Found on the Greenway: Orchids
By: Elizabeth Rockholt, Catawba Master Naturalist
Often when we think of Orchids, the first picture that comes to mind is a lovely Orchid corsage that comes from a florist. The Orchid family (Orchidaceae) is the largest family of flowering plants with over 23,000 species.
Here on the Greenway a number of orchids bloom among us and often go unnoticed because of their small size and ability to blend in with the forest floor. Two examples of these elusive plants are the Cranefly Orchid (Tipularia discolor) and the Downey Rattlesnake Plantain (Goodyera pubescens). People have asked if these are “rare” plants and the best reply is that they are not “rare” but “rarely seen”. I was excited to see both in bloom while hiking Sugar Loop.
The Cranefly Orchid derives its common name from resemblance of its flowers to the Crane Fly (Pedicia albeitta). Pictured above and immediately below. Interestingly, the dark green leaves with purple undersides of the Cranefly Orchid appear in the fall and then disappear in the summer when the flower stalk rises and the delicate flowers bloom. This occurrence is what makes the flower so difficult to spot. Adding to the difficulty is the fact that the flowers that bloom along the 8” to 10” stalk are small and almost colorless. Flower hunters must look closely along the trails to see this hidden beauty.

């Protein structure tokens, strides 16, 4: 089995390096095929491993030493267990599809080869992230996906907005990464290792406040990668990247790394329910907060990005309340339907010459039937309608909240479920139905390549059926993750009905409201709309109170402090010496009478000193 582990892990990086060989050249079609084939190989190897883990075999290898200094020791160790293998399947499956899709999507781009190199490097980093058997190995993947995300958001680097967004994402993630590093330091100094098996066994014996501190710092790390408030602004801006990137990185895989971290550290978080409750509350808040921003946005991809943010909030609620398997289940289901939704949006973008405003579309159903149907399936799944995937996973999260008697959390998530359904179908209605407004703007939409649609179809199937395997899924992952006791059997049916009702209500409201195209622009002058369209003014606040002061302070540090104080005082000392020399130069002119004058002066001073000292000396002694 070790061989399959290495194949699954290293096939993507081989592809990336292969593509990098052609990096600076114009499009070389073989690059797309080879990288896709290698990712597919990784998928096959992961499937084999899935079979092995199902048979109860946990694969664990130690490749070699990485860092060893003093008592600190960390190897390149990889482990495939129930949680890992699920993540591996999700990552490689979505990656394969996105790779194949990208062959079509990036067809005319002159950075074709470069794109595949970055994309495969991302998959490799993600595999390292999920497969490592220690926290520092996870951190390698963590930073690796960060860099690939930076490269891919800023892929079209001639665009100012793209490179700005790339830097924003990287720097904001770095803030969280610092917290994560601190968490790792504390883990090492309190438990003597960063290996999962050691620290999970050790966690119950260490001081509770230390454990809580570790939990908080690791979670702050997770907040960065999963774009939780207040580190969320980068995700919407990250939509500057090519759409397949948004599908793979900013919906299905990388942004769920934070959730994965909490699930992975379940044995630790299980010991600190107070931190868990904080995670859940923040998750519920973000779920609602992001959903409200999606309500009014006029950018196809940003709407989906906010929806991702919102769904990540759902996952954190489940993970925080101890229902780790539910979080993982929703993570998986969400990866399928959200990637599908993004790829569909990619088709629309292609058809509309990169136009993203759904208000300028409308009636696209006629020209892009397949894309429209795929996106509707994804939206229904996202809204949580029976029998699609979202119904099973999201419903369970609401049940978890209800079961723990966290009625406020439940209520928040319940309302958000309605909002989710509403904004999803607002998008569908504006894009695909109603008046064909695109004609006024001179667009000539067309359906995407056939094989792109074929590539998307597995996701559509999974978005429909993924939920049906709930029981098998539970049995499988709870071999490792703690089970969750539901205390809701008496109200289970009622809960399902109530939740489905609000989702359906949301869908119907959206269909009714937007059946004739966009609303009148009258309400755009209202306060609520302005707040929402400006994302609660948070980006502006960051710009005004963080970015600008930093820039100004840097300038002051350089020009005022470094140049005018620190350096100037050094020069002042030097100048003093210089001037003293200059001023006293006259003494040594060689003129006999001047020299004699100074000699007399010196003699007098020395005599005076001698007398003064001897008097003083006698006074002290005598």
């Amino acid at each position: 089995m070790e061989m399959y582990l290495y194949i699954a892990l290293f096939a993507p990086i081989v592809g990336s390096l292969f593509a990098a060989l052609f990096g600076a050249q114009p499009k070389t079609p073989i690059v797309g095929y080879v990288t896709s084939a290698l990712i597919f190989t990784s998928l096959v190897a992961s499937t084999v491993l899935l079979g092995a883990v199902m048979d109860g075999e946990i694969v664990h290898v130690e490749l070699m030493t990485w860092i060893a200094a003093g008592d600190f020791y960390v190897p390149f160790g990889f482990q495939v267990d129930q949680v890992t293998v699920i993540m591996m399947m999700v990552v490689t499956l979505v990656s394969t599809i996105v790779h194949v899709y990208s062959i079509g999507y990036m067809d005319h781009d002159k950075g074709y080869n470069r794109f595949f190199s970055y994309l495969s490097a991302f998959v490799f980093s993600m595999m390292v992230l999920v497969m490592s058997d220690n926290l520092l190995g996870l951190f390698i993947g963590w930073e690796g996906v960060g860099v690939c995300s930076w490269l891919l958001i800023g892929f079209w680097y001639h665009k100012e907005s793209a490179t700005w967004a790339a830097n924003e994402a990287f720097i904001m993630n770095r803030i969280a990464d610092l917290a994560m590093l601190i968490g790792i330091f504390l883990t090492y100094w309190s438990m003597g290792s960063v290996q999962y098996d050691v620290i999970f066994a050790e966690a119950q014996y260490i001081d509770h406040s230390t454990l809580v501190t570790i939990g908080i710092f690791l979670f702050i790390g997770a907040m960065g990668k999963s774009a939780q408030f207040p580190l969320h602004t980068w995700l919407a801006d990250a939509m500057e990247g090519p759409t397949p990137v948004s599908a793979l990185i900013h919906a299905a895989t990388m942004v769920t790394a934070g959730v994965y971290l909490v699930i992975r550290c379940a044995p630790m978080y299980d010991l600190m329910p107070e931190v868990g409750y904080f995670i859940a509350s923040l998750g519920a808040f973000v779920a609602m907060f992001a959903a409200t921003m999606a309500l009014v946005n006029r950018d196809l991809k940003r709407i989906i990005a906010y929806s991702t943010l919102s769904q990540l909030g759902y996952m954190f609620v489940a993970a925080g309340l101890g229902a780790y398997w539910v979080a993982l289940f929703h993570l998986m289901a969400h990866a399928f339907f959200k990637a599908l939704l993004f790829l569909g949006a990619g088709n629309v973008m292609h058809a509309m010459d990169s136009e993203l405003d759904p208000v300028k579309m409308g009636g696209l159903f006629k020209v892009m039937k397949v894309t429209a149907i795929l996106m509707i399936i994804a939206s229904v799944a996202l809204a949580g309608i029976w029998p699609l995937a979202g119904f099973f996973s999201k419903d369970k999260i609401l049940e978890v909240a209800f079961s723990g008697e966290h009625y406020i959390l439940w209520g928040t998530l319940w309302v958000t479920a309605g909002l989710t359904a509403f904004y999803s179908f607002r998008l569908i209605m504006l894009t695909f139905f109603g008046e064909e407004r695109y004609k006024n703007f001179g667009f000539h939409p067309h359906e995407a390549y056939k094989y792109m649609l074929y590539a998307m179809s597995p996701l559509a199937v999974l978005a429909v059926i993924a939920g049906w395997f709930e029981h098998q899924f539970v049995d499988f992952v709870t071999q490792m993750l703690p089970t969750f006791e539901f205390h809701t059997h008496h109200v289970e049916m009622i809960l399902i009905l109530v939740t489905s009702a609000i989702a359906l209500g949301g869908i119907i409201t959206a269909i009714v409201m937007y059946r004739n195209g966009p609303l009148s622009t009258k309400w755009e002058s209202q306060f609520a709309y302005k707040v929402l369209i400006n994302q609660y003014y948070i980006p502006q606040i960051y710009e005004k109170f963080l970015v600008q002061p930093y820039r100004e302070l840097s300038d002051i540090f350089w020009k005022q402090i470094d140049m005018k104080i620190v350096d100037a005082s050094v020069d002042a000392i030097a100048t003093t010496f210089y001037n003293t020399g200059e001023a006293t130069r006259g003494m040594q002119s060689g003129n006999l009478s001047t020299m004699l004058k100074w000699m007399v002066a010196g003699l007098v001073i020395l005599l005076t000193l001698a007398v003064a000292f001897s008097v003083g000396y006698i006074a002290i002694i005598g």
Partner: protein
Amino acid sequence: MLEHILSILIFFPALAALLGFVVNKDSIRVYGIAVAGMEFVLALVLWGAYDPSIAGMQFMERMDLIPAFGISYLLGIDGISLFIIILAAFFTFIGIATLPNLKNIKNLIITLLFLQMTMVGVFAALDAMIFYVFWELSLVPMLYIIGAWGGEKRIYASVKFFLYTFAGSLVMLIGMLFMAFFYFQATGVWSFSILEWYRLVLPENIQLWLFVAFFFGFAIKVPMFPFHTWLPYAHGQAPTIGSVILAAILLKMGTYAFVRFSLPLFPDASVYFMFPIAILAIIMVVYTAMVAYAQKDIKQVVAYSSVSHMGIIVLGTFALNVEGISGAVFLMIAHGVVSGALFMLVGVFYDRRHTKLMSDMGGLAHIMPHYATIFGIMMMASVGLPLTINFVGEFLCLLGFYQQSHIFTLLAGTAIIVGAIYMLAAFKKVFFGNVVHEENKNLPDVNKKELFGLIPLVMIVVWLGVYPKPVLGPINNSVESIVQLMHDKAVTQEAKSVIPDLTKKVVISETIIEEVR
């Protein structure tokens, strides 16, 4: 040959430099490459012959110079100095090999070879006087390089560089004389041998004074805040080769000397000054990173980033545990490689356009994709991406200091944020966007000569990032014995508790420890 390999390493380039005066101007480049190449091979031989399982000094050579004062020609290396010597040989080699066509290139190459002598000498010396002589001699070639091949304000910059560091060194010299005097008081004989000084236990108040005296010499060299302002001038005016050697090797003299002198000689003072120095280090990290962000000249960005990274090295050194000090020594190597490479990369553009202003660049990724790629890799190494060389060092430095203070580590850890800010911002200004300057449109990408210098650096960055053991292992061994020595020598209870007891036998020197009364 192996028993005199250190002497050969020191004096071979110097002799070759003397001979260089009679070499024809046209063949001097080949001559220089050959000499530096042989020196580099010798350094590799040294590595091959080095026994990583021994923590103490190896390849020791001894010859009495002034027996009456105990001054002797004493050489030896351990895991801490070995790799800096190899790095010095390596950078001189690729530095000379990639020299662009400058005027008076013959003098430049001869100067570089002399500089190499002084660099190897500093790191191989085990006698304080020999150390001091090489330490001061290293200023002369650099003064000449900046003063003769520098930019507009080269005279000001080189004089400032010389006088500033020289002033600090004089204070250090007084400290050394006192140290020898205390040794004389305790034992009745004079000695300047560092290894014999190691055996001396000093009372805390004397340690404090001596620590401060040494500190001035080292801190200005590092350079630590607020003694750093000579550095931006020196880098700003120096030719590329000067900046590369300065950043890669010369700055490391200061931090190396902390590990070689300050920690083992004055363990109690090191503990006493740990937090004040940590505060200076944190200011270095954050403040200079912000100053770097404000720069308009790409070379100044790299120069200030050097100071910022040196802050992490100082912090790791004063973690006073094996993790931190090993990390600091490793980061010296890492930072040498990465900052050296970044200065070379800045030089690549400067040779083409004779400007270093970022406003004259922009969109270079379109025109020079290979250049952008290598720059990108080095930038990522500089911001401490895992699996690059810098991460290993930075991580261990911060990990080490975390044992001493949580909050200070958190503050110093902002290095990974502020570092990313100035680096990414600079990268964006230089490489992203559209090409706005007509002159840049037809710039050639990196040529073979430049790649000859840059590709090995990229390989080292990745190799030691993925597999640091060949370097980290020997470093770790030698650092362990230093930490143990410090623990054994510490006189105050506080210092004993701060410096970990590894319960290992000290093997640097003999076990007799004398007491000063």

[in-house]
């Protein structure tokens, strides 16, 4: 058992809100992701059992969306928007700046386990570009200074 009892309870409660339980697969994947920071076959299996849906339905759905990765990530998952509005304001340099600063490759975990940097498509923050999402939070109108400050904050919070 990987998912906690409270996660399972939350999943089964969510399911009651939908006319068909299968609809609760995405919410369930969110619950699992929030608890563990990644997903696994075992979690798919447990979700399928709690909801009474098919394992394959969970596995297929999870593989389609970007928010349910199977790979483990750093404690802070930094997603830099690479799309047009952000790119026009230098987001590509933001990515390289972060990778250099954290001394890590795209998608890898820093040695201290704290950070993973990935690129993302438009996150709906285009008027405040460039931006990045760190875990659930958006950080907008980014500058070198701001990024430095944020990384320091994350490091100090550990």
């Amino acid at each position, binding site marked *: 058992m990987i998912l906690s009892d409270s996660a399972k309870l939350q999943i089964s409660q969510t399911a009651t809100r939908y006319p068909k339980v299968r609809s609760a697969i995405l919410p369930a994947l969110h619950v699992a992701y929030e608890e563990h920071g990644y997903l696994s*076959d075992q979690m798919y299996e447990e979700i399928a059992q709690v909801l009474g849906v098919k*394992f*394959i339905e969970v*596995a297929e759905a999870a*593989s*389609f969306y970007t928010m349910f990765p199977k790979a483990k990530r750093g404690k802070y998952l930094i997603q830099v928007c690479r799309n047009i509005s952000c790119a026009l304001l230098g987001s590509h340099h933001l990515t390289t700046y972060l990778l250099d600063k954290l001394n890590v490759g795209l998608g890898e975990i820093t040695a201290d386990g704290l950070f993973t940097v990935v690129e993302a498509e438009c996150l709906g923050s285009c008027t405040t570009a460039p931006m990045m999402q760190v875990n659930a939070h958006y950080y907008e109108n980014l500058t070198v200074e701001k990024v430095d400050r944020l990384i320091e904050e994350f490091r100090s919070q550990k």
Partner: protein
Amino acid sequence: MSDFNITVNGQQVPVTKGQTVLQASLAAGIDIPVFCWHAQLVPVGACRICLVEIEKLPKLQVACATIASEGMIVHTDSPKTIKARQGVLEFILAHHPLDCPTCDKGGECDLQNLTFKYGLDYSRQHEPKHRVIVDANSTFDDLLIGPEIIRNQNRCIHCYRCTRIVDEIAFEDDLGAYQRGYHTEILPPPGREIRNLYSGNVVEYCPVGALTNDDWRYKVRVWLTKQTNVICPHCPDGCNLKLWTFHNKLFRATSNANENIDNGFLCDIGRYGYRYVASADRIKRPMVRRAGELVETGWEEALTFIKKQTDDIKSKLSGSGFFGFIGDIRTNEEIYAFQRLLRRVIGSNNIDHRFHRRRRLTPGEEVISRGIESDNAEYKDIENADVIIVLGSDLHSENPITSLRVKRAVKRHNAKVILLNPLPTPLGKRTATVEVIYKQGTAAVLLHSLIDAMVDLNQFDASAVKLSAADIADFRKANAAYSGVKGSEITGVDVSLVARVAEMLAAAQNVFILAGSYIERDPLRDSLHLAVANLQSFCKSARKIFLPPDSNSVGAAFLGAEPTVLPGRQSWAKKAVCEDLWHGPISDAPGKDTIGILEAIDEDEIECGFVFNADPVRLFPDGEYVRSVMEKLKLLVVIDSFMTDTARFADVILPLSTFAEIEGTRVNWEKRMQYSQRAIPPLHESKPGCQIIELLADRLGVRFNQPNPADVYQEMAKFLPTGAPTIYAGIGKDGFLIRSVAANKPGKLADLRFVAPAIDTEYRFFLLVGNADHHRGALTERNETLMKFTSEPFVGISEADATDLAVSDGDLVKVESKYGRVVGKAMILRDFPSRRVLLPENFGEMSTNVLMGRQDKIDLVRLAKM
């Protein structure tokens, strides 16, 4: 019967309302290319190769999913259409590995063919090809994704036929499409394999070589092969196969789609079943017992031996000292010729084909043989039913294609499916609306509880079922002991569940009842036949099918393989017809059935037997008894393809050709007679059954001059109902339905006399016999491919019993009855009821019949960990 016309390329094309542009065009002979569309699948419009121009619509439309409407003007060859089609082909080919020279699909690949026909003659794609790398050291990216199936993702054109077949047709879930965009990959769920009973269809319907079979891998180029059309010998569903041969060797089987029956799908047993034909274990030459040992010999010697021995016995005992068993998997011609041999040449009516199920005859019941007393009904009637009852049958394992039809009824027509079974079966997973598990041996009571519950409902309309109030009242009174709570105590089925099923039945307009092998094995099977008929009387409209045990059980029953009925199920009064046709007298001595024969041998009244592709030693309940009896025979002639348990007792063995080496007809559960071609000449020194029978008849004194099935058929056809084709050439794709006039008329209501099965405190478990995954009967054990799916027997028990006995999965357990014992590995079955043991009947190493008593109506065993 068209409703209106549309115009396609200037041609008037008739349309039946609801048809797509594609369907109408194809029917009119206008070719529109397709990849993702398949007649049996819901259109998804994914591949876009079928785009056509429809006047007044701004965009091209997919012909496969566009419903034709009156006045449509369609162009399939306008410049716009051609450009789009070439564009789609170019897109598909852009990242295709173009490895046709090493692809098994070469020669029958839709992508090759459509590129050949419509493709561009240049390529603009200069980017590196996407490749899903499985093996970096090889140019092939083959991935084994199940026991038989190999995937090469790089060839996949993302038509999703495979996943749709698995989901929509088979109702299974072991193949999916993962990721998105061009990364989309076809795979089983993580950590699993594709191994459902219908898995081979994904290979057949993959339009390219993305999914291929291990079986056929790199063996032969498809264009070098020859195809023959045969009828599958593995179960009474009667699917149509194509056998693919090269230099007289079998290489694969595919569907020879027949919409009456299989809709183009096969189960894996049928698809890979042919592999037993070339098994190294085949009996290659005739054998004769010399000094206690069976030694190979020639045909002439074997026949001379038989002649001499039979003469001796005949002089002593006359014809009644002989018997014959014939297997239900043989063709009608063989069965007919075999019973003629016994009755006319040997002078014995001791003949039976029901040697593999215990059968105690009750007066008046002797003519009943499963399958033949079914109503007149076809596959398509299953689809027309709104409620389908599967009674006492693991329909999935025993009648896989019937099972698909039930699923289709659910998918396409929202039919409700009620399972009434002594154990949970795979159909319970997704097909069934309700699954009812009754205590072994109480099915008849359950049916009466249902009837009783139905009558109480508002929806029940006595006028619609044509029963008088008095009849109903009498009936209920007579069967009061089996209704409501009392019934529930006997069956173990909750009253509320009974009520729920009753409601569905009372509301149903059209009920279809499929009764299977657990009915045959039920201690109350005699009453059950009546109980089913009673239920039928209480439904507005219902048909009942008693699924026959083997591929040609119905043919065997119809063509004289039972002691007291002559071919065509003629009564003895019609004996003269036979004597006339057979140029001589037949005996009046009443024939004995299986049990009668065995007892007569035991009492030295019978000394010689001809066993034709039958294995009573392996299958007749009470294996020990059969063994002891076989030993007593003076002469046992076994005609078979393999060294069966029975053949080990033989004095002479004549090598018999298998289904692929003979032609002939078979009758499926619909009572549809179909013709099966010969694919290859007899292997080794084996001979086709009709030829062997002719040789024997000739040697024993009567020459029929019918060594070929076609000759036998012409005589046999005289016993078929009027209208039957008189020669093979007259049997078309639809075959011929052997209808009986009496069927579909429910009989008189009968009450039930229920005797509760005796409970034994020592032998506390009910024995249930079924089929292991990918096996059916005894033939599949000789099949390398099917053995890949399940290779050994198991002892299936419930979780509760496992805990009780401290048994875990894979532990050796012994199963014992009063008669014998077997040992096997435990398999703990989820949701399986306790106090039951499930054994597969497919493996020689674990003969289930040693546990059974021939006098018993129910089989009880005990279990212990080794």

Not quite so difficult to spot is the Downy Rattlesnake Plantain (Goodyera pubescens), pictured below. This small neat plant has interesting leaves that grow close to the ground in a circular or rosette pattern. Because the mottled markings on the leaves are thought to resemble the skin of the rattlesnake, Native Americans believed the plant could be used to treat snakebite. In the mid to late summer the plant sends up a tall spike with numerous tiny white flowers blooming in a cluster called a raceme. These plants can be found throughout the year along the Greenway trails.